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I'm Suicidal. What's Next?

How is it that someone who has a stable job, is pursuing their postgraduate studies, is sociable, could ever be diagnosed with major depressive disorder?

Cover image via HelpGuide

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I'm undergoing medication for my suicidal thoughts

I thought I was not ashamed of the fact that I am on medication for my depressive episodes and suicidal thoughts until my most recent appointment when it was decided that it's time to try to increase my antidepressants and to add a new medication into my treatment.

My doctor and I spoke about what this new change in my medication routine meant and had an objective conversation about managing other areas of my lifestyle in order to see the best results.

Towards the end of my consultation, I couldn't help but raise the same concern I had the first time I decided to go on meds, "But doctor, I am a bit concerned about increasing my dosage and adding a new medication to my treatment."

She paused, smiled, and said:

I was waiting for you to raise this.

Would I have presented my concern in the same way if I were diagnosed with any other physical illness?

Having concerns about not getting better was fair but my concerns were not stemmed from the fear of not getting better. It was the fear that I am now much deeper into this and I'm forced to actually acknowledge and accept that I am being treated for major depressive disorder.

Throughout my ride home, I couldn't help but question, maybe I should not have gone in for my first ever consultation? Maybe I overreacted the day I had my first psychiatric evaluation? Can I try to not take my meds and see if I am able to dodge another suicidal episode?

My doctor was right

I am still having trouble accepting and acknowledging my struggles.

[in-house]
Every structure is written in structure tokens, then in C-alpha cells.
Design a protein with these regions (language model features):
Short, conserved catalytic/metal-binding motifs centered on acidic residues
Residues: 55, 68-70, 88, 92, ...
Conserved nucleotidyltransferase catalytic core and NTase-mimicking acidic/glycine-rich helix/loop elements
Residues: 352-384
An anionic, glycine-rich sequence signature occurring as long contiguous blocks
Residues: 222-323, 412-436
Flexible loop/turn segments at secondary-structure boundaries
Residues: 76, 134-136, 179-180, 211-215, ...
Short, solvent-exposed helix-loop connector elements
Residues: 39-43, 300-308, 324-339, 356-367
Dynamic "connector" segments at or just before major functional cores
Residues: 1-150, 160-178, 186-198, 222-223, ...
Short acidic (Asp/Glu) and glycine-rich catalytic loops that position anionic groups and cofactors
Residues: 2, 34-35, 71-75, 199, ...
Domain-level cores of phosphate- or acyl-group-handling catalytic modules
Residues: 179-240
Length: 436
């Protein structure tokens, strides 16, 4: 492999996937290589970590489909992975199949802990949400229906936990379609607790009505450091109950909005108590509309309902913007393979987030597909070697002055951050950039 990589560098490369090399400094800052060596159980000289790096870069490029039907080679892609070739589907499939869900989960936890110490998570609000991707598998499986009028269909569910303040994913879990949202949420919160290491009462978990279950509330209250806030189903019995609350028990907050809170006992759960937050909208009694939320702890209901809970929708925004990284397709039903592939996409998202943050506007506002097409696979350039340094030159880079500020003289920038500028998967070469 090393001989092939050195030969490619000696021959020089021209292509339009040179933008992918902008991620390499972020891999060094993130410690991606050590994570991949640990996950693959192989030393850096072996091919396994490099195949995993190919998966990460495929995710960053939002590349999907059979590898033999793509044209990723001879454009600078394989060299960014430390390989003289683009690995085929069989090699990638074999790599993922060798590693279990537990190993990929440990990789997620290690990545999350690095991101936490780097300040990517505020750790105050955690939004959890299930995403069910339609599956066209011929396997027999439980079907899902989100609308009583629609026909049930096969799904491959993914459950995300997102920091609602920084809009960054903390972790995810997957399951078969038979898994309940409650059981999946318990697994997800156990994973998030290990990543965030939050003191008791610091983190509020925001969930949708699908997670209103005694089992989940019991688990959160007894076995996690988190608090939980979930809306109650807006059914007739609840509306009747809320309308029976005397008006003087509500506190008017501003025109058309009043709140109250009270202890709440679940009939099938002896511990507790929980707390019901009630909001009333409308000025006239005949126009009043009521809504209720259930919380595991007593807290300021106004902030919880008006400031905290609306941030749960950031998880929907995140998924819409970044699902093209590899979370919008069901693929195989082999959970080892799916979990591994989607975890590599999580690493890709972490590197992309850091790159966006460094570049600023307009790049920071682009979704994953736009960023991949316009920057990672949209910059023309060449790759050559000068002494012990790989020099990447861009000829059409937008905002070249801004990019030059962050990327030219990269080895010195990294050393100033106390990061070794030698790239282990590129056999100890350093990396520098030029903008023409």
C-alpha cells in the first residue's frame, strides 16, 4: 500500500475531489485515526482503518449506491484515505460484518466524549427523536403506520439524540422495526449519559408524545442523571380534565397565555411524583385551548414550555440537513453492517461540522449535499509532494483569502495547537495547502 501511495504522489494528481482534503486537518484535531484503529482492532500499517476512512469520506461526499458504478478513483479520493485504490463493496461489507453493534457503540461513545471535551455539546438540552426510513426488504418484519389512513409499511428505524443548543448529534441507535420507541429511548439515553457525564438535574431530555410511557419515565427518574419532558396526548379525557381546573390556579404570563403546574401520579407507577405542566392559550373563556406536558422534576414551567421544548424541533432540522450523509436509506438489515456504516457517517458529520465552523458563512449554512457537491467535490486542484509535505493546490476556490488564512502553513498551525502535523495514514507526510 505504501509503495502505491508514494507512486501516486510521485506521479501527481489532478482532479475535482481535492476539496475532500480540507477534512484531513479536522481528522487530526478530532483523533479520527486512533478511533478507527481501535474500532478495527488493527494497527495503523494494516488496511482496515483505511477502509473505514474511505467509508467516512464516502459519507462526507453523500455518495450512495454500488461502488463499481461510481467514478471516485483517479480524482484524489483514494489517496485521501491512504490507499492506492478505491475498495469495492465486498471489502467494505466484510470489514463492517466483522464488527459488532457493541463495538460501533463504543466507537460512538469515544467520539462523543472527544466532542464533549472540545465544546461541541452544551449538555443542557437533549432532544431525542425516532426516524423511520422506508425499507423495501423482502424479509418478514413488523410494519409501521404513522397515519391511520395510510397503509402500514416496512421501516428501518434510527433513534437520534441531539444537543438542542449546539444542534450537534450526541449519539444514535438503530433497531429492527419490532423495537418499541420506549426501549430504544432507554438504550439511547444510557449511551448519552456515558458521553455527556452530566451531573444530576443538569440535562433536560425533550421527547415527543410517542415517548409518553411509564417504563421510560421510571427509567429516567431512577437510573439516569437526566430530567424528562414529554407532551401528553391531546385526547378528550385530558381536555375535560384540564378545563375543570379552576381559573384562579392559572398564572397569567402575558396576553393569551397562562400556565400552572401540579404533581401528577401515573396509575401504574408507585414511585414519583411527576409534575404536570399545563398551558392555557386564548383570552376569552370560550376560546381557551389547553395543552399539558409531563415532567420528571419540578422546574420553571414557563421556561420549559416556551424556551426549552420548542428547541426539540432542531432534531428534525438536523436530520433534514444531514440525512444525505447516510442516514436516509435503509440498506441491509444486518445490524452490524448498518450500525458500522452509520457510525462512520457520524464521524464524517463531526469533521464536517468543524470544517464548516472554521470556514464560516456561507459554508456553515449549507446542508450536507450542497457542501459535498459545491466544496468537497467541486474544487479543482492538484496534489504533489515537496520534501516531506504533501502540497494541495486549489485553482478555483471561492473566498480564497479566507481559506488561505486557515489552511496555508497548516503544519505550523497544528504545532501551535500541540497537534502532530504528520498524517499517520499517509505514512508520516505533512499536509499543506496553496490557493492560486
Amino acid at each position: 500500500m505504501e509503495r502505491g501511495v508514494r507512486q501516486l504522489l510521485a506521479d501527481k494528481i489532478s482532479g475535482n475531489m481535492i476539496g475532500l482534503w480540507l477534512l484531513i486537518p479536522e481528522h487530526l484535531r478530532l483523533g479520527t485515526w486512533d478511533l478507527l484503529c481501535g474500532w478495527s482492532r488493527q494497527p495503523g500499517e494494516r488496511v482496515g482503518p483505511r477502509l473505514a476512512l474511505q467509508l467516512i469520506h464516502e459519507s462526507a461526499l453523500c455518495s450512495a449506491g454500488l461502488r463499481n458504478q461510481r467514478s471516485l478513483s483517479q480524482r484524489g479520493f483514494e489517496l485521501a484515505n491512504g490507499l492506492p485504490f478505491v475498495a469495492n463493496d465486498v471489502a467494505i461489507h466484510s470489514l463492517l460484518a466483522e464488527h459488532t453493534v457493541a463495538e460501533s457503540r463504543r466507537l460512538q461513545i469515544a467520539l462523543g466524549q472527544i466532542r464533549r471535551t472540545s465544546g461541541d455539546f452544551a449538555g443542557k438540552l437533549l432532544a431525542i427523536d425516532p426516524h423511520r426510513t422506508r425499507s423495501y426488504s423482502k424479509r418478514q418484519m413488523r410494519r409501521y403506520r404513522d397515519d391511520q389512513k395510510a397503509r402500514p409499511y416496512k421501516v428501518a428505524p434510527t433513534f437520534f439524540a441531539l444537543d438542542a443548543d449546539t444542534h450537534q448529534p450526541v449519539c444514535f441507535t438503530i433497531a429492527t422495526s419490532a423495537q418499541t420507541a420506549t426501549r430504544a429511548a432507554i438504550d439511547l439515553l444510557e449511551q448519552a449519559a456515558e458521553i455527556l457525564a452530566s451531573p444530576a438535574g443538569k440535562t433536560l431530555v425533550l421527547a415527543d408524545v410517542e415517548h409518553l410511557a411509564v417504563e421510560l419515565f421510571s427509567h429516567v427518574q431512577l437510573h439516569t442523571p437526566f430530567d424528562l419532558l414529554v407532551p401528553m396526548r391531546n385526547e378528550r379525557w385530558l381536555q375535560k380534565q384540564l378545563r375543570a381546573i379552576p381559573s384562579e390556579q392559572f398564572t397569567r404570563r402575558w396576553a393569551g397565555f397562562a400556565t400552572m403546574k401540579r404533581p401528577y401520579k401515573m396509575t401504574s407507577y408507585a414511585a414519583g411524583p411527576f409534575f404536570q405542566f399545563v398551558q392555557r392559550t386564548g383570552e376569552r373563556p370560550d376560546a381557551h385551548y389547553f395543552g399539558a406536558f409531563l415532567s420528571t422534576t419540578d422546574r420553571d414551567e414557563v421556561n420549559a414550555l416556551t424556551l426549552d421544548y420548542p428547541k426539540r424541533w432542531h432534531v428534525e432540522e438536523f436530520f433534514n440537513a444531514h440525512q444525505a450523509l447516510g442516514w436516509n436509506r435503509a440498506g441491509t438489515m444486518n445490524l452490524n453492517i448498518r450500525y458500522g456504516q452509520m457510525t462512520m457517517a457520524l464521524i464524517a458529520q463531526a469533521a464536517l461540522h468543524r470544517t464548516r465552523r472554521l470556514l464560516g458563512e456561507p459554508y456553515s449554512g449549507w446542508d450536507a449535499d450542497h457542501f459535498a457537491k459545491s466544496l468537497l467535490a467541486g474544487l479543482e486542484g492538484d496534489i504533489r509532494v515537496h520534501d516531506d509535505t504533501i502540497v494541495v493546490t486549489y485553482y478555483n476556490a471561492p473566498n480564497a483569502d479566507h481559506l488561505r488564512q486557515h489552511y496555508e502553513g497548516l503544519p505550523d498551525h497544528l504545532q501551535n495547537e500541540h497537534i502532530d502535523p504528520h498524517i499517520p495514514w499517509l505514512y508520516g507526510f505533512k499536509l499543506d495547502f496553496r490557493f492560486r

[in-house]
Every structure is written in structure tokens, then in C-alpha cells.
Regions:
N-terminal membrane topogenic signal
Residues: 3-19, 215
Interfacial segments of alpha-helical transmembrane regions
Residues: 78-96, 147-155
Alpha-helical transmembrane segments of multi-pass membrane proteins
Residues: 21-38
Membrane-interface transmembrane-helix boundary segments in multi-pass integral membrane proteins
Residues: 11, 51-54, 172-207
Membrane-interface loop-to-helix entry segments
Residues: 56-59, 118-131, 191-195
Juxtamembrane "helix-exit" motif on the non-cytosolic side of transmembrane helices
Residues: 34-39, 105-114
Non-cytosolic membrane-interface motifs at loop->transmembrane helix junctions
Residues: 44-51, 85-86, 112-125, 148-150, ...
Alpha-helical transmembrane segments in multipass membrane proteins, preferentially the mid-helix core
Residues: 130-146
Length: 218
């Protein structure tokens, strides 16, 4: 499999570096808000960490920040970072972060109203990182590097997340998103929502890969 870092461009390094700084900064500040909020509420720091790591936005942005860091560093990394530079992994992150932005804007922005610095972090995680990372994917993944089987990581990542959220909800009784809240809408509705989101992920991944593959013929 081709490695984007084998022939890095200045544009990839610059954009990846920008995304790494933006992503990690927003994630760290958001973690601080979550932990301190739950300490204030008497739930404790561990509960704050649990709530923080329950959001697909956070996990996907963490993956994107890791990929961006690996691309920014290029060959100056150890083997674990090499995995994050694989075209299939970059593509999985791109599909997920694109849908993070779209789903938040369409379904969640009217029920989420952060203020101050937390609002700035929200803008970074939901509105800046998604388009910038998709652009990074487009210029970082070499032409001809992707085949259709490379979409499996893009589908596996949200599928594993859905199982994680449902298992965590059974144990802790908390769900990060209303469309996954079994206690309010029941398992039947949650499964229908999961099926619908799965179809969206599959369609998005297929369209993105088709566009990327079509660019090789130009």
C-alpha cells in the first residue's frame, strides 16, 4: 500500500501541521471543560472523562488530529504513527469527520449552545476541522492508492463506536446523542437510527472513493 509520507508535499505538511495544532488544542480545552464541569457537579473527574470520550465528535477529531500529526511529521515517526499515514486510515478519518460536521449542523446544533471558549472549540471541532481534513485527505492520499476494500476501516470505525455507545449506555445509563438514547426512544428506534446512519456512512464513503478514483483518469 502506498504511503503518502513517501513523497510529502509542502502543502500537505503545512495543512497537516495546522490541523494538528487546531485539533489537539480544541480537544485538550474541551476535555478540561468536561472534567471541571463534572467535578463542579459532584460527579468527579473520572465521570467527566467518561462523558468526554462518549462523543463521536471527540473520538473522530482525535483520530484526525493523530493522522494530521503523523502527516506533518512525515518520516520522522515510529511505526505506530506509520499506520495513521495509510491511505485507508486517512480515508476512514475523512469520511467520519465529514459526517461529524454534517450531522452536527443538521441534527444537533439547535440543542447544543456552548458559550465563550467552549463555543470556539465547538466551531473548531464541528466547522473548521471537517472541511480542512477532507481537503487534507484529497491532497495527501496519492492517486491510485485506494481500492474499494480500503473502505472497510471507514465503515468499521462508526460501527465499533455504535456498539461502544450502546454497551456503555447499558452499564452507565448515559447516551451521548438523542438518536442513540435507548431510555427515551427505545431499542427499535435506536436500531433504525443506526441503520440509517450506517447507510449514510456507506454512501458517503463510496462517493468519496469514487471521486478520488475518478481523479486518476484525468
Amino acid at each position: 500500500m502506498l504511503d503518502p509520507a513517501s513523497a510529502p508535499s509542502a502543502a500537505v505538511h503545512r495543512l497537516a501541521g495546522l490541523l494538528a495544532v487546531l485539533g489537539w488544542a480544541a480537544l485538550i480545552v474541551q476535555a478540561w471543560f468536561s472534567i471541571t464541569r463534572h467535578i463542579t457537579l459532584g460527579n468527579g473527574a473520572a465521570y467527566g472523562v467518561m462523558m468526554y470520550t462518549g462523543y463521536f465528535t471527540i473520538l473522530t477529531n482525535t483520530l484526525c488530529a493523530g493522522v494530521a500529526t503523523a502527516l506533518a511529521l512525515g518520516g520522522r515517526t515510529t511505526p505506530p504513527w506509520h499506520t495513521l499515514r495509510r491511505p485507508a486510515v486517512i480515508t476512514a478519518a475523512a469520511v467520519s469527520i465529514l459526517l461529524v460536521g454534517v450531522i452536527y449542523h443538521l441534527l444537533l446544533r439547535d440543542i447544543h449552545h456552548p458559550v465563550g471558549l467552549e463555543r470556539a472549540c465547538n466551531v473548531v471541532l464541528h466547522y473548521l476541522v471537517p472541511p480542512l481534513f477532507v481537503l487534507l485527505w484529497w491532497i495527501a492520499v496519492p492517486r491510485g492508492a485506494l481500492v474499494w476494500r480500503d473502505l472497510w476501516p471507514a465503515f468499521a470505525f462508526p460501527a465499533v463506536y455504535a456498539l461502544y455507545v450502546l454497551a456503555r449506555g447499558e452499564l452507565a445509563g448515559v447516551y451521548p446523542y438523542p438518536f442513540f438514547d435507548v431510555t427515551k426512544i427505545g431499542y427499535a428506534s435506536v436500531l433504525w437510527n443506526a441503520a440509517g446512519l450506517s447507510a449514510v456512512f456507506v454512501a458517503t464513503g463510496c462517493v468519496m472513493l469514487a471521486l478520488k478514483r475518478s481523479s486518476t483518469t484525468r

But I always tell my close group of friends, "I am not ashamed of this. If someone asked me, I would share my experience."

People have asked and I have shared, but — including my close-knit friends — I am cautious with how I present my story. I keep it as objective and informative, with any personal experiences I have, shared in a third-person perspective.

I have never seemed to be able to talk about this journey in relation to myself or how I feel and have felt about all of this.

As I write this piece, it's still the same mental dilemma of how do I keep this article as objective and as informative as possible?

Because if I were to share from a personal perspective, where do I even begin?

Should I explain what caused my first onset of suicidal ideation at the age of 16 or every single thought that runs in my head as these suicidal impulses happen?

These personal experiences include persons other than myself.

It's complex, it's messy.

It's not something that could ever be articulated or captured coherently from a three-series biography let alone a single article. It also includes telling a story that involves loved ones and people who genuinely care about my well-being.

Would it be fair to share a story with other characters that have shaped the person I am today and my lived experiences?

But if I don't provide context, would others be able to understand why would someone even need medication in the first place? Or why would someone have impulsive thoughts about killing themselves?

How is it that someone who has a stable job, is pursuing their postgraduate studies, is sociable, could ever be diagnosed with major depressive disorder?

Mental illness is such a complex topic because of how differently it presents itself in different individuals

I have met people who are undergoing the same treatment but what brought them to treatment were vastly different experiences, symptoms, and reasons to mine.

My initial intent of this article was to share my personal experience of receiving treatment from our healthcare system, but I am now at the end of this article with blocks of paragraphs of just word vomits of my thoughts that hopefully captures some of the struggles and dilemmas people have with sharing and talking about their own personal mental health struggles.

This story is the personal opinion of the writer. You too can submit a story as a SAYS reader by emailing us at [email protected]

Asking for help is not a sign of weakness.

If you or anyone you know may be at risk of suicide, please call these Malaysian hotlines:

1. BEFRIENDERS KL
24-hour
Contact: +603-76272929
Email: [email protected]
Website | Facebook | Twitter

2. TALIAN KASIH
24-hour
Contact: 15999
WhatsApp: +6019-2615999
Email: [email protected]
Website | Facebook

For a more thorough directory of resources, head over to the Malaysian Mental Health Association's website.

Suicide can be a sensitive and taboo topic, but it still very much needs to be talked about today.

We asked several mental health experts how to respond to someone who might feel like giving up on life. Here's what they shared:

Here are some Malaysian-made mobile apps to help you deal with your struggles without needing to leave your home:

A recent survey conducted by an international survey agency revealed that 24% of Malaysians have experienced suicidal thoughts:

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